Ok so you’ve planted a bunch of seeds and they are all growing pretty good. The only thing is that now they are all too close to really thrive, so it’s time to cull them. It sounds morbid I know and it always kind of hurts my heart a little to end their sweet little lives so soon, but for the good of the mass it must be done.
Why must it be done? Because if plants start to grow too close together then they will not fill out. Things like radishes and carrots will not bulb up on the bottom, cabbages, and cucumbers will not fill out, and whatever vegetables you are able to get from the garden will be thin and spindly. Giving the plants the proper amount of space gives them the most yield.
Here’s how I do it: Wait until the first true leaves appear. Not all of the seeds will produce true leaves at once, making the choice of which ones to let go easier. Using gardeners shears cut the extra seedlings close to the ground.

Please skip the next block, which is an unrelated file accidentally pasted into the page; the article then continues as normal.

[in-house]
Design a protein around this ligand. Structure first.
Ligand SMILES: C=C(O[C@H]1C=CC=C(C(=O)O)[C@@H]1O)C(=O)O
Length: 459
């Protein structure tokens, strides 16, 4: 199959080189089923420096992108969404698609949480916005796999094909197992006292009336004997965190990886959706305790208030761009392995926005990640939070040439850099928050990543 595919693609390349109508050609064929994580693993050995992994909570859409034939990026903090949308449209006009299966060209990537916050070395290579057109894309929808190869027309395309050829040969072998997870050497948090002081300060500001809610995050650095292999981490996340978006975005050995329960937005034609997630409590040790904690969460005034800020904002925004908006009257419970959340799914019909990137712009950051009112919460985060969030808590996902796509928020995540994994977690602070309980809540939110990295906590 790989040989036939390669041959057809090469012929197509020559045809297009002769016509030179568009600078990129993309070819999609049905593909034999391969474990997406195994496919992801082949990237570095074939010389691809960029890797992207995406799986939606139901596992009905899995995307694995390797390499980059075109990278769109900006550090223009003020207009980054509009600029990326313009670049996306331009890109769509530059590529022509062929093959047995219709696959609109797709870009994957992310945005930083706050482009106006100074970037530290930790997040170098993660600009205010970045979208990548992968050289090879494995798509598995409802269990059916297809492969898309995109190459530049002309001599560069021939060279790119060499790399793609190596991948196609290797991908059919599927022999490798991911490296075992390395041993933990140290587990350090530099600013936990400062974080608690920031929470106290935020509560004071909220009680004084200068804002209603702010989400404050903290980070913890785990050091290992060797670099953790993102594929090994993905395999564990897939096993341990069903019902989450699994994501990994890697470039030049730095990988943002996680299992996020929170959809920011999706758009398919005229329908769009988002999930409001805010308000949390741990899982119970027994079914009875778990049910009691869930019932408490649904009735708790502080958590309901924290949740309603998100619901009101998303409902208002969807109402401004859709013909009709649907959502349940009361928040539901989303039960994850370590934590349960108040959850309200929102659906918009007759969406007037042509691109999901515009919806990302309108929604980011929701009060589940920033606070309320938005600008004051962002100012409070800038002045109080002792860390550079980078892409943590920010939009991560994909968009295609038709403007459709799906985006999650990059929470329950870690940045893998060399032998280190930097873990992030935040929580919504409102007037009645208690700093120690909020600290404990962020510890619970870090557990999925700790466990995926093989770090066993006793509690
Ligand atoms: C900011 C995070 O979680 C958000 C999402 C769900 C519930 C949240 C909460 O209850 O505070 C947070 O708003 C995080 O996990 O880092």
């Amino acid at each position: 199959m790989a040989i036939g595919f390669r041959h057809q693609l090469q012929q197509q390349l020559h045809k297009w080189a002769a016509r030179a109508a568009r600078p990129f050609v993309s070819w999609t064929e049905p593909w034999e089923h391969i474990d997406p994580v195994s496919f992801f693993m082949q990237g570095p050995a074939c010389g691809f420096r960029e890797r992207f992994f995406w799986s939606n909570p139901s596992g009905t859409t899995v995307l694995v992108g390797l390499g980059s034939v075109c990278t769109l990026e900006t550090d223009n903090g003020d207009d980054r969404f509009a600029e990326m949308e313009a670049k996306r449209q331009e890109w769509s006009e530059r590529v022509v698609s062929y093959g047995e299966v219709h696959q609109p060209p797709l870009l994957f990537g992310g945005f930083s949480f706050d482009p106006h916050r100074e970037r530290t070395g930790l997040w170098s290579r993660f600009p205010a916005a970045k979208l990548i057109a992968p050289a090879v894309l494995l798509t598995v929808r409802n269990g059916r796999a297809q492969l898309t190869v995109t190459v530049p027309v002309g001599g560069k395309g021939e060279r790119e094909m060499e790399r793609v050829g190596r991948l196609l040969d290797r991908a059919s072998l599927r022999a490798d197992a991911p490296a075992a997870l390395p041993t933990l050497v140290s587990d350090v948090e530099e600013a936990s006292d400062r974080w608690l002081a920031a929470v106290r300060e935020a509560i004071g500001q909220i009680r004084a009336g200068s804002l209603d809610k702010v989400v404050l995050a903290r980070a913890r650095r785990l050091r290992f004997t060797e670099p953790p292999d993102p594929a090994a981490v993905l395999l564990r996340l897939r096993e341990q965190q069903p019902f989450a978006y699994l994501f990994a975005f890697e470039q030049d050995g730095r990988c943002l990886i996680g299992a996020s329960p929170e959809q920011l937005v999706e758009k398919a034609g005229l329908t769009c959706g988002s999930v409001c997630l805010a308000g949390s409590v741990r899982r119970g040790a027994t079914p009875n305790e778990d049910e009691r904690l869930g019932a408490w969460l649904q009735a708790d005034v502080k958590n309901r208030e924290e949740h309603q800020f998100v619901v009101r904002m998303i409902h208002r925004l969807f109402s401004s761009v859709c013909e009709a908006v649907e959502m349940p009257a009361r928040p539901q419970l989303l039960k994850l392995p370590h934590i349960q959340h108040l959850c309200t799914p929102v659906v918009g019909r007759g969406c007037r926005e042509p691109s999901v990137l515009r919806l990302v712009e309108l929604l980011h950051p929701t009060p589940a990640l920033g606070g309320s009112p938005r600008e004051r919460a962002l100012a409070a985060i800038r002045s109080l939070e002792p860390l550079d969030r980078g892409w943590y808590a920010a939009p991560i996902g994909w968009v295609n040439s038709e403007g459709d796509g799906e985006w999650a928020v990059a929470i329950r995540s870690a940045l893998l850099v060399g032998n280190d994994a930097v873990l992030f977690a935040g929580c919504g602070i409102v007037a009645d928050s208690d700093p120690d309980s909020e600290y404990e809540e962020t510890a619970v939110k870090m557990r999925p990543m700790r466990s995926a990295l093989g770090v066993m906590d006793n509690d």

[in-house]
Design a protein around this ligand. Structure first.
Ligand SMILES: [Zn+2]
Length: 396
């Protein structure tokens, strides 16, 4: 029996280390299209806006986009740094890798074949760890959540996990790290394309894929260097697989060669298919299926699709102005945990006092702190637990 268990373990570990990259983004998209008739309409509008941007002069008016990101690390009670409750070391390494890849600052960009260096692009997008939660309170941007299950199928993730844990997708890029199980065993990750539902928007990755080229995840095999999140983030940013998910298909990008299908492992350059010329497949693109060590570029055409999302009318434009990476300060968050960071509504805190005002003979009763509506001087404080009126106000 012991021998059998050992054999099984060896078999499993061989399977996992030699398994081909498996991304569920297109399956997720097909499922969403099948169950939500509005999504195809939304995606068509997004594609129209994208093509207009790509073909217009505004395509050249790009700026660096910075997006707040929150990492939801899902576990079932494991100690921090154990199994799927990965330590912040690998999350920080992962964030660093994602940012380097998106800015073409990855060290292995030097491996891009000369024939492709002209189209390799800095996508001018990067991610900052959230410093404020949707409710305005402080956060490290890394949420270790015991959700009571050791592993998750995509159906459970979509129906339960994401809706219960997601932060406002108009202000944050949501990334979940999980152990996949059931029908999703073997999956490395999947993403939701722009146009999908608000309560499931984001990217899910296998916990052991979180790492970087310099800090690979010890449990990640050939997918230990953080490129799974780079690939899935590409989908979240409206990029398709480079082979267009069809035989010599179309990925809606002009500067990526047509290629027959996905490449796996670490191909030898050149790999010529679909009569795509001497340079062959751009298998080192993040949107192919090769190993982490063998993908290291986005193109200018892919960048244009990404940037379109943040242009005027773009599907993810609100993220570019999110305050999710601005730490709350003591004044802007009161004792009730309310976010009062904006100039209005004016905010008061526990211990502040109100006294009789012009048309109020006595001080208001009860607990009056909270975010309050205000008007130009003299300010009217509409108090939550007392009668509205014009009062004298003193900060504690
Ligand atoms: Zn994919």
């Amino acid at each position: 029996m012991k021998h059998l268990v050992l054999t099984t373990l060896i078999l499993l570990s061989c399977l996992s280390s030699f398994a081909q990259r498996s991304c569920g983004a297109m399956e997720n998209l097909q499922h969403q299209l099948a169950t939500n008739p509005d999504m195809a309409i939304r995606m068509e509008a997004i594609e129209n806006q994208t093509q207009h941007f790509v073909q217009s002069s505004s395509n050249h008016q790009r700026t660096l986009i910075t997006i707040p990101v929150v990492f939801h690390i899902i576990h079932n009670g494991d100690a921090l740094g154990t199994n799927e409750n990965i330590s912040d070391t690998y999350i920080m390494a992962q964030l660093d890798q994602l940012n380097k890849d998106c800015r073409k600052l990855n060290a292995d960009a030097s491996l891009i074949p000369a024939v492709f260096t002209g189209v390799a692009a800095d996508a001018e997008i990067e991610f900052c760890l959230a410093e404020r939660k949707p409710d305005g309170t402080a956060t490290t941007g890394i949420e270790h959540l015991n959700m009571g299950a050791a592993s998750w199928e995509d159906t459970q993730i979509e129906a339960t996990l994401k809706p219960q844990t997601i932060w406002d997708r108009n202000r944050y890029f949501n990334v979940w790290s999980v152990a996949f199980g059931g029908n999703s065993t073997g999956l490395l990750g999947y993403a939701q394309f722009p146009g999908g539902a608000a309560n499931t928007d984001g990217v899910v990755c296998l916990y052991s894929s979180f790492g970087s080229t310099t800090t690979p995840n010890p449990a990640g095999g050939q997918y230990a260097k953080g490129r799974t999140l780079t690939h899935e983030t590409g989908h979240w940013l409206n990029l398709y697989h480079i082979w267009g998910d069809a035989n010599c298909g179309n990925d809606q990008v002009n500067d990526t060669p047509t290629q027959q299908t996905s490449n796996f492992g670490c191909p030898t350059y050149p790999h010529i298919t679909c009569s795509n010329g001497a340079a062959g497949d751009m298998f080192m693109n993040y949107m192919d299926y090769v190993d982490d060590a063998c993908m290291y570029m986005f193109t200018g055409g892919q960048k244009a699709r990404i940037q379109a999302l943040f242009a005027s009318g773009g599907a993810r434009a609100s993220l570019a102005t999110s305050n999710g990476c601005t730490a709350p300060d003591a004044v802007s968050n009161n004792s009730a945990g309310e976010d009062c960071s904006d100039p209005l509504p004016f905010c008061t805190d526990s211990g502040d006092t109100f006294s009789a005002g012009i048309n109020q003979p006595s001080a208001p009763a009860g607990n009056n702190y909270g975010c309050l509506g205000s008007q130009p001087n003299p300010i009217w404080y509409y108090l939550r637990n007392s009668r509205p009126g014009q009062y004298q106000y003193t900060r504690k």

Side note: I tend to thin the seeds twice, letting some get a little bigger begore trimming them. I do this because not all seedlings survive so the extras are a backup, but also because I then will have larger microgreens later on without harming the plants I want to save.
Once the seedlings have been culled the question becomes what to do with all the trimmed seedlings?
option 1: leave the trimmed seedlings in the garden bed to work as a light mulch or compost.
Option 2: toss them in the compost pile.
Option 3: Use them in the kitchen as microgreens.
Personally, I prefer the third option. Adding microgreens to smoothies, salads, and to garnish a plate is ideal since it means we get the added benefits of all the good stuff those little guys have.